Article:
recover re‧cov‧er [rɪˈkʌvə ǁ -ər] verb
1. [intransitive] to increase or improve after falling in value or getting worse:

• Its shares plunged at the start of trading, but recovered to close only slightly down.

2. [transitive] FINANCE to get back money that you have spent or lost:

• The firm sued Mr Yasutomi and has recovered about one-third of its loss.

3. [transitive] to get back something that was stolen, lost, or almost destroyed:

• The FBI recovered over 100 stolen items from his apartment.

4. recover damages/​costs LAW to be paid money by order of a court of law:

• To recover damages against a teacher, a student must be able to show that it was the teacher's negligence that caused the injury.

5. [transitive] if someone recovers oil, gold etc, they take it from under the ground or sea:

• They plan to recover 35 million barrels of oil from the two fields over six years.

* * *

recover UK US /rɪˈkʌvər/ verb
[I] ECONOMICS, FINANCE to improve after a difficult period or after falling in value: »

Consumer confidence has been slow to recover in the aftermath of the credit crunch.


Profits are expected to recover in the current financial year.


Over the past week shares have recovered considerably.


Thanks in part to emergency loans, the industry recovered surprisingly quickly.

recover from »

With the country's economy recovering from its deepest recession for 50 years, company earnings are expected to be higher than a year ago.

recover to 12%/70c etc. »

Since their 52p low in autumn of last year, shares have recovered to 687p.

[T] FINANCE to get back money you have spent, invested, or lost: »

Airlines are imposing higher surcharges in an attempt to recover a percentage of the increase in fuel prices.

recover debts/investments/funds »

Cautious investors are likely to stay out of the market until they have recovered their initial investment.

LAW to get money from a person or company that has caused you loss or damage by order of a court of law: recover costs/damages/money »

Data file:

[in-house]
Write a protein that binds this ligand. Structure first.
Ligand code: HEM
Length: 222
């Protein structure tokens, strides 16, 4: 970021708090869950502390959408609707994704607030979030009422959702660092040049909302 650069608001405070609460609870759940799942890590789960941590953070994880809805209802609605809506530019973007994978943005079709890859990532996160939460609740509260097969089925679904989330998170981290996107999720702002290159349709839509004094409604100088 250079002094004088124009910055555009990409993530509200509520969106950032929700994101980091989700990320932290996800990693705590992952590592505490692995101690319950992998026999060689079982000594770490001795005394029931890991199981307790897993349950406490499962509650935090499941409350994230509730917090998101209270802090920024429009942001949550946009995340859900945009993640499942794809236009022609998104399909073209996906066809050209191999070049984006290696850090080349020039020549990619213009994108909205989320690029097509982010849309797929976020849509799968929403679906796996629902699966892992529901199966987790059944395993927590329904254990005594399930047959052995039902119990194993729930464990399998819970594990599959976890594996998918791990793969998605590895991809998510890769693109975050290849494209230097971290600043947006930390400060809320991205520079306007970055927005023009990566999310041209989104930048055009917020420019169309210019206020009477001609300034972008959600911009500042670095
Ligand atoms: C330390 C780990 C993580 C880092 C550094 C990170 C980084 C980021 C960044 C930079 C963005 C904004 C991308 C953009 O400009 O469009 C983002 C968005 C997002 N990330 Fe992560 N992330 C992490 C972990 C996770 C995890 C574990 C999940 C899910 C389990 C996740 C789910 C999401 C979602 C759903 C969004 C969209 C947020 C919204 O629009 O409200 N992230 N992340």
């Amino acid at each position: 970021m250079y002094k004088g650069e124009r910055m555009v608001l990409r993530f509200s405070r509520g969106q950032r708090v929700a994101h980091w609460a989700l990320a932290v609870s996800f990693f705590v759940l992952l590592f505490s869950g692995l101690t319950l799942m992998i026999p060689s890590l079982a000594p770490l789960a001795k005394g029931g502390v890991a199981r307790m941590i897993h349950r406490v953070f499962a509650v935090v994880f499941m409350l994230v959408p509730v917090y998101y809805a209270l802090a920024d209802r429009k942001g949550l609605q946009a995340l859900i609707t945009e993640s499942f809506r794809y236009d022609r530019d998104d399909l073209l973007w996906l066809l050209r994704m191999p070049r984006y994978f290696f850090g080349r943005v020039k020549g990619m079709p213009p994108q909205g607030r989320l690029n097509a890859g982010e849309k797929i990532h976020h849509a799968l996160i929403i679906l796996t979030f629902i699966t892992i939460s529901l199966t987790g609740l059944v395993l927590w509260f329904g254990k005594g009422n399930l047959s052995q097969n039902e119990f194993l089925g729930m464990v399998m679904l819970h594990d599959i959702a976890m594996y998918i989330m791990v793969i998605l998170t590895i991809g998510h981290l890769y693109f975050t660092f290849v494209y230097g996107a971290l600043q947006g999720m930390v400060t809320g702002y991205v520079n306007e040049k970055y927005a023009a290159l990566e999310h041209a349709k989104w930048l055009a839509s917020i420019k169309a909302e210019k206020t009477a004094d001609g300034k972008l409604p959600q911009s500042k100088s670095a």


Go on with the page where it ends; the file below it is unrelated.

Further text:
Current legislation does not permit an employee to recover damages for a hostile working environment.


Harrington led the lawsuit to recover losses from the bonds issued by the fraudulent corporation.

[T] to get something back that was lost or almost destroyed: »

New Orleans has recovered much of its economic base, and sales tax revenues are approaching normal.


We had to bring in a computer expert to help us recover the data from the hard drive.

[T] NATURAL RESOURCES to get natural resources such as oil or gas from under the ground or sea: »

Technological advances are helping companies recover more of the oil and gas they find.

Financial and business terms. 2012.

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Look at other dictionaries:

  • Recover — Re*cov er (r?*k?v ?r), v. t. [imp. & p. p. {Recovered} ( ?rd); p. pr. & vb. n. {Recovering}. ] [OE. recoveren, OF. recovrer, F. recouvrer, from L. recuperare; pref. re re + a word of unknown origin. Cf.{Recuperate}.] [1913 Webster] 1. To get or… …   The Collaborative International Dictionary of English

  • recover — re·cov·er /ri kə vər/ vt 1: to get back or get back an equivalent for recover costs through higher prices 2 a: to obtain or get back (as damages, satisfaction for a debt, or property) through a judgment or decree recover damages in a tort action… …   Law dictionary

  • recover — 1 Recover, regain, retrieve, recoup, recruit can mean to get back something that has been let go or lost. Recover, the most comprehensive of these terms, may imply a finding or obtaining something material or immaterial that has been lost… …   New Dictionary of Synonyms

  • recover — [ri kuv′ər] vt. [ME recoveren < OFr recovrer < L recuperare: see RECUPERATE] 1. a) to get back (something lost or stolen) b) to regain (health, consciousness, etc.) 2. to compensate for; make up for [to recover losses] 3 …   English World dictionary

  • Recover — Re*cov er (r?*k?v ?r), v. i. 1. To regain health after sickness; to grow well; to be restored or cured; hence, to regain a former state or condition after misfortune, alarm, etc.; often followed by of or from; as, to recover from a state of… …   The Collaborative International Dictionary of English

  • recover — c.1300, to regain consciousness, from Anglo Fr. rekeverer (late 13c.), O.Fr. recovrer, from L. recuperare to recover (see RECUPERATION (Cf. recuperation)). Meaning to regain health or strength is from early 14c.; sense of to get (anything) back… …   Etymology dictionary

  • recover — [v1] find again balance, bring back, catch up, compensate, get back, make good, obtain again, offset, reacquire, recapture, reclaim, recoup, recruit, redeem, rediscover, regain, reoccupy, repair, replevin, replevy, repossess, rescue, restore,… …   New thesaurus

  • Recover — Re*cov er, n. Recovery. Sir T. Malory. [1913 Webster] …   The Collaborative International Dictionary of English

  • Recover — Re*cov er (r?*k?v ?r), v. t. [Pref. re + cover: cf. F. recouvrir.] To cover again. Sir W. Scott. [1913 Webster] …   The Collaborative International Dictionary of English

  • recover — recover,   Synonym für restore …   Universal-Lexikon

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